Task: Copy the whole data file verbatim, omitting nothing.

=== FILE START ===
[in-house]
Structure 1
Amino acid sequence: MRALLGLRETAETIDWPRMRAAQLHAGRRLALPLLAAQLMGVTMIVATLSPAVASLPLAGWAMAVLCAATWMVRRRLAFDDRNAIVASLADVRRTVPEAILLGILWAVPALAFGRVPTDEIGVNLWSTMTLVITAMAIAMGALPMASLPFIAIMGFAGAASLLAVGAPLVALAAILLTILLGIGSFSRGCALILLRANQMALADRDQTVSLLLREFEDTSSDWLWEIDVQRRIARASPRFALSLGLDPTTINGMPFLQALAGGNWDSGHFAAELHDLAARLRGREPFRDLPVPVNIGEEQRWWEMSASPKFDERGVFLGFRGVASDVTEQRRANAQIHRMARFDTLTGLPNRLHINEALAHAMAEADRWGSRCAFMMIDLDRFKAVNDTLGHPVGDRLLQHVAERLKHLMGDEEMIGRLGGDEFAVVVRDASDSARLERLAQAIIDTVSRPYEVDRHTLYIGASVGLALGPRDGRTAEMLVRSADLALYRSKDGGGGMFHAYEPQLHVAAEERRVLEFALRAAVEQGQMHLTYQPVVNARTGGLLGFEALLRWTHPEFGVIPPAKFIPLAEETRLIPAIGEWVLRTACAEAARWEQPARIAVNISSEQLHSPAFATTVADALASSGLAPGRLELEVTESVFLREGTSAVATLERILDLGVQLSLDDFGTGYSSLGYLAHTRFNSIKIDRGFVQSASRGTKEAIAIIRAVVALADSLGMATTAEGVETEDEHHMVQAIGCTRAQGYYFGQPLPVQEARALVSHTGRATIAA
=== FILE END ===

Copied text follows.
[in-house]
Structure 1
Amino acid sequence: MRALLGLRETAETIDWPRMRAAQLHAGRRLALPLLAAQLMGVTMIVATLSPAVASLPLAGWAMAVLCAATWMVRRRLAFDDRNAIVASLADVRRTVPEAILLGILWAVPALAFGRVPTDEIGVNLWSTMTLVITAMAIAMGALPMASLPFIAIMGFAGAASLLAVGAPLVALAAILLTILLGIGSFSRGCALILLRANQMALADRDQTVSLLLREFEDTSSDWLWEIDVQRRIARASPRFALSLGLDPTTINGMPFLQALAGGNWDSGHFAAELHDLAARLRGREPFRDLPVPVNIGEEQRWWEMSASPKFDERGVFLGFRGVASDVTEQRRANAQIHRMARFDTLTGLPNRLHINEALAHAMAEADRWGSRCAFMMIDLDRFKAVNDTLGHPVGDRLLQHVAERLKHLMGDEEMIGRLGGDEFAVVVRDASDSARLERLAQAIIDTVSRPYEVDRHTLYIGASVGLALGPRDGRTAEMLVRSADLALYRSKDGGGGMFHAYEPQLHVAAEERRVLEFALRAAVEQGQMHLTYQPVVNARTGGLLGFEALLRWTHPEFGVIPPAKFIPLAEETRLIPAIGEWVLRTACAEAARWEQPARIAVNISSEQLHSPAFATTVADALASSGLAPGRLELEVTESVFLREGTSAVATLERILDLGVQLSLDDFGTGYSSLGYLAHTRFNSIKIDRGFVQSASRGTKEAIAIIRAVVALADSLGMATTAEGVETEDEHHMVQAIGCTRAQGYYFGQPLPVQEARALVSHTGRATIAA